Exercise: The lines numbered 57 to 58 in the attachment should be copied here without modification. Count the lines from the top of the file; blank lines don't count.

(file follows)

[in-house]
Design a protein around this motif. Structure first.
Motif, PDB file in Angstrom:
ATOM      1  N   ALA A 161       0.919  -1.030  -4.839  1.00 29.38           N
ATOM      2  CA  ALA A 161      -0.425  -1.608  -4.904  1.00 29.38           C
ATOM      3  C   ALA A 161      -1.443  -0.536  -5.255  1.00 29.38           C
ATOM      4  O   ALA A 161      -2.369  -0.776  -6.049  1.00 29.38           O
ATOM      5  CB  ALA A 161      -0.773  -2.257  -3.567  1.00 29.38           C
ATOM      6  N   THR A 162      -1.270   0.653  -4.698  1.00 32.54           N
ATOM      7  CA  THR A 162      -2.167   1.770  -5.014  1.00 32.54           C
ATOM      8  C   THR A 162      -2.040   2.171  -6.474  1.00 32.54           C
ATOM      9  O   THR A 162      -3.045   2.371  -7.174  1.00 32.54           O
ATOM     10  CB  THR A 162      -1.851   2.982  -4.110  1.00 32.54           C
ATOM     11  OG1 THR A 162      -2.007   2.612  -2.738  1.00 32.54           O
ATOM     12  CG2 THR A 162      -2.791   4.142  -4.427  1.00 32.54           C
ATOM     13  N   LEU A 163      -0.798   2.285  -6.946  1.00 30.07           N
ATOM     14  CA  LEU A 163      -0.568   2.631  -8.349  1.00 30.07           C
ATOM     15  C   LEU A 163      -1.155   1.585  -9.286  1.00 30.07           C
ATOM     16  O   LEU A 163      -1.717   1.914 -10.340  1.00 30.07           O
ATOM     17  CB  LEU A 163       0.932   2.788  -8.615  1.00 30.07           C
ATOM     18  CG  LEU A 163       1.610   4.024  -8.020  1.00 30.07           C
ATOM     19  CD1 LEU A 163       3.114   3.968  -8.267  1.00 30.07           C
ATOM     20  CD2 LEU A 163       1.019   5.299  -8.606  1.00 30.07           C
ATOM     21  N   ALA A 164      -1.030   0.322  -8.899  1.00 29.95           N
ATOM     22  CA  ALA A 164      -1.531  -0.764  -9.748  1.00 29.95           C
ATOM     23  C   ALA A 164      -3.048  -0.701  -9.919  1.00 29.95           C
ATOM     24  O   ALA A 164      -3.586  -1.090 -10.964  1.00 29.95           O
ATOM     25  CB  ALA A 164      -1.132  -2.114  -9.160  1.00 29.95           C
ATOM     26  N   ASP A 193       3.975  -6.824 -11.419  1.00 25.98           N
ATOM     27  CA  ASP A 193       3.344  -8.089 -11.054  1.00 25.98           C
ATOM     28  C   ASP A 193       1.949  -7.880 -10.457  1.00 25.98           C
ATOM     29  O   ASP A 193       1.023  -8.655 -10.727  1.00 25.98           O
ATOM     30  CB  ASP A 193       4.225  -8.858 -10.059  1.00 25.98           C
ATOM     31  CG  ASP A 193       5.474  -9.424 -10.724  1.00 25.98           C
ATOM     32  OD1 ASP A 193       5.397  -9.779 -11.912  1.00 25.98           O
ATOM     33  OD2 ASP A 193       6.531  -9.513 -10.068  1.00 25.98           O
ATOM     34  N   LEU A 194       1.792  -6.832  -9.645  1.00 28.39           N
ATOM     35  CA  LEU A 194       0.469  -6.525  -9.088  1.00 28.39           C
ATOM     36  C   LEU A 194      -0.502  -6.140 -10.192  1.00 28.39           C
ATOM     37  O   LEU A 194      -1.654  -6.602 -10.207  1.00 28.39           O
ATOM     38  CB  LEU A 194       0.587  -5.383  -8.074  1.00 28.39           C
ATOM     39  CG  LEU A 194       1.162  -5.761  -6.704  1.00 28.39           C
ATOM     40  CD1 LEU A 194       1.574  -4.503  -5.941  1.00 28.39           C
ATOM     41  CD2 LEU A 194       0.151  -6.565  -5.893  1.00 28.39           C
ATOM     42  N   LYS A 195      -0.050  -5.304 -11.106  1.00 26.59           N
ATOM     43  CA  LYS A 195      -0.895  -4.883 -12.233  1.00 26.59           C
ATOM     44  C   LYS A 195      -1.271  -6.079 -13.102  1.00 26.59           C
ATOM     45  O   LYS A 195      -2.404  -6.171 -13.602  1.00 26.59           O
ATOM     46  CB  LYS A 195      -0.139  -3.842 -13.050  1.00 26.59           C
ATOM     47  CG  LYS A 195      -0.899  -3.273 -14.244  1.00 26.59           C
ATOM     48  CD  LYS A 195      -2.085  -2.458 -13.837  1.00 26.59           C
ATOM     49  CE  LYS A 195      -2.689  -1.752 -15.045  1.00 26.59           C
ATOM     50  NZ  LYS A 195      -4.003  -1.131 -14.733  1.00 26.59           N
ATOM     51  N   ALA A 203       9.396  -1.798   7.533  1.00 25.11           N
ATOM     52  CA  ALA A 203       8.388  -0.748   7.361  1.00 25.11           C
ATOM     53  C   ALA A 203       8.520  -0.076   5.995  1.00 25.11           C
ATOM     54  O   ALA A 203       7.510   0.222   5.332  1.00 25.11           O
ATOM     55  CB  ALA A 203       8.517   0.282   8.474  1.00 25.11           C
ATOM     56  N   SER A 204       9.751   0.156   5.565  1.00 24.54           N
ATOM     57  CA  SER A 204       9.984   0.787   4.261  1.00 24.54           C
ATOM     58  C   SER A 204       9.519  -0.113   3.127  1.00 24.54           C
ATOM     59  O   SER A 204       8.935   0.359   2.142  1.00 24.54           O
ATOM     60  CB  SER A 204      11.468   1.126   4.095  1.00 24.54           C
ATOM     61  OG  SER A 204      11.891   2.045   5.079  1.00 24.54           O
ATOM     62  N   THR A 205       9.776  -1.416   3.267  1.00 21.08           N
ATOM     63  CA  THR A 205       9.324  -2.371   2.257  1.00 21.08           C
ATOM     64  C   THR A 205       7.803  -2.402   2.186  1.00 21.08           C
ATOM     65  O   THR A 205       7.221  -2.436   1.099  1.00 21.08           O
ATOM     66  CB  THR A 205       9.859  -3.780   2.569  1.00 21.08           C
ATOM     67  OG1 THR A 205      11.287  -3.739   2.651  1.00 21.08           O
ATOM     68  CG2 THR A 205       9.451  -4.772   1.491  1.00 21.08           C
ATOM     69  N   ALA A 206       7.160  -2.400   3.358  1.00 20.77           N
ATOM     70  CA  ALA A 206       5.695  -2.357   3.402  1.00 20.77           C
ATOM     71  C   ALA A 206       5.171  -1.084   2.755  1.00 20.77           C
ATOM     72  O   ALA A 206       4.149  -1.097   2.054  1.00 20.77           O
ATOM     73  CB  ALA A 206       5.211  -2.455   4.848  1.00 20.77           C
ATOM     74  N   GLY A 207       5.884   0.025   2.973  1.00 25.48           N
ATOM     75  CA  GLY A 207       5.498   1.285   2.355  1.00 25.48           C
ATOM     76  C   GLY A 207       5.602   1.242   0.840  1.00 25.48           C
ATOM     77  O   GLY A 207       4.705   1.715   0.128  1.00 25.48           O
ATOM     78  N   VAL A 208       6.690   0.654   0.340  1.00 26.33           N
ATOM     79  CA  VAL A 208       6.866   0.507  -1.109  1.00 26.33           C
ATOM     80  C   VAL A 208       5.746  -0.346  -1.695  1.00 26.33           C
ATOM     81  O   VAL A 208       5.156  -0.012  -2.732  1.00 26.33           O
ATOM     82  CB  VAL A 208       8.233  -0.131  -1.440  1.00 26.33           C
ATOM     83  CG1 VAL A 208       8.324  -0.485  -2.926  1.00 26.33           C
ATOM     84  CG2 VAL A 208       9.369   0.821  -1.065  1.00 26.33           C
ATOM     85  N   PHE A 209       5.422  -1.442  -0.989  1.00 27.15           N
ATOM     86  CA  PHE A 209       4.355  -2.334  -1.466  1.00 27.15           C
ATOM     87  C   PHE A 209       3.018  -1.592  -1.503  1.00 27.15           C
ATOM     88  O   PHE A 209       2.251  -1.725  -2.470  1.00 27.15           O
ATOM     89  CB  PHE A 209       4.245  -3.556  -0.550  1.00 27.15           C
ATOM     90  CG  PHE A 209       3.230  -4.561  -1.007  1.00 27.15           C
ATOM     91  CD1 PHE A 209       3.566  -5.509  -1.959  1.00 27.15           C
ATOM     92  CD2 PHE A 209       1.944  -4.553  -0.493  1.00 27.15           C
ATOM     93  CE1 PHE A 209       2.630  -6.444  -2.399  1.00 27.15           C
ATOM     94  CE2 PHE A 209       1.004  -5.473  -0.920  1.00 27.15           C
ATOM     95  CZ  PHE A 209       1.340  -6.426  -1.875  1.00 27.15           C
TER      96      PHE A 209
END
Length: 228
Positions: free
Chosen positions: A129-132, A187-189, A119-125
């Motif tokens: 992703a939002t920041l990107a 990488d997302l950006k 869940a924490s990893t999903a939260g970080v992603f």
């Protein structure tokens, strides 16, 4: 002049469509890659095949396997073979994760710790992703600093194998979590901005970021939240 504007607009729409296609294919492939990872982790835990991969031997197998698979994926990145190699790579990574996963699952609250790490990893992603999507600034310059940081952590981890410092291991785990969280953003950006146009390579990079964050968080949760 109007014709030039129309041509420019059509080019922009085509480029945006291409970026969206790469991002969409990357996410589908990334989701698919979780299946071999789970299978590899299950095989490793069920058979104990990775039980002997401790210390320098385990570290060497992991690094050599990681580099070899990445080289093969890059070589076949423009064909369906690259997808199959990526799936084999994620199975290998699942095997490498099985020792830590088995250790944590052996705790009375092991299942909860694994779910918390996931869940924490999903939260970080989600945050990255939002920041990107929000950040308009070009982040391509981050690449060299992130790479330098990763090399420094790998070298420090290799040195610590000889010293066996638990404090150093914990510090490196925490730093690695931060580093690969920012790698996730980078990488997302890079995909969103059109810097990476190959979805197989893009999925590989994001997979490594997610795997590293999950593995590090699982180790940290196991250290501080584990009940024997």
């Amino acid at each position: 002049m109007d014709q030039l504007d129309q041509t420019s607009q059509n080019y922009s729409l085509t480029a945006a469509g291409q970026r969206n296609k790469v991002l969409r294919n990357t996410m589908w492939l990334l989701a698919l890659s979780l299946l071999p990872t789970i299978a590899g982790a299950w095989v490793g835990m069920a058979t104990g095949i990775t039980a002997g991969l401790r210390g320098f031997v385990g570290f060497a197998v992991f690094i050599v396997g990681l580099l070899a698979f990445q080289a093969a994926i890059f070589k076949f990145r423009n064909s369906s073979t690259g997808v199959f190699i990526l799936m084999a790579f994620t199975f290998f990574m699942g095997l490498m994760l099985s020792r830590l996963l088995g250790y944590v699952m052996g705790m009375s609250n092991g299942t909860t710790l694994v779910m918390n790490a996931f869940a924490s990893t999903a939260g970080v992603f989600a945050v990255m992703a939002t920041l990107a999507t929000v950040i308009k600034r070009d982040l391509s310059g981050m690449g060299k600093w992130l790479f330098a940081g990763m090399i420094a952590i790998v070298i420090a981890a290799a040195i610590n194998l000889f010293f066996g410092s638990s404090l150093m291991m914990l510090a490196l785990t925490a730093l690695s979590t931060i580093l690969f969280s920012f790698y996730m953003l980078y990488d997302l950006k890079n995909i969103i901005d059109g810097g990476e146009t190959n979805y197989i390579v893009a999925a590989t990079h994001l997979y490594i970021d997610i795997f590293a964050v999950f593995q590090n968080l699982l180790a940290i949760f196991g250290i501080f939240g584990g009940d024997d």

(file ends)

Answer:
ATOM     54  O   ALA A 203       7.510   0.222   5.332  1.00 25.11           O
ATOM     55  CB  ALA A 203       8.517   0.282   8.474  1.00 25.11           C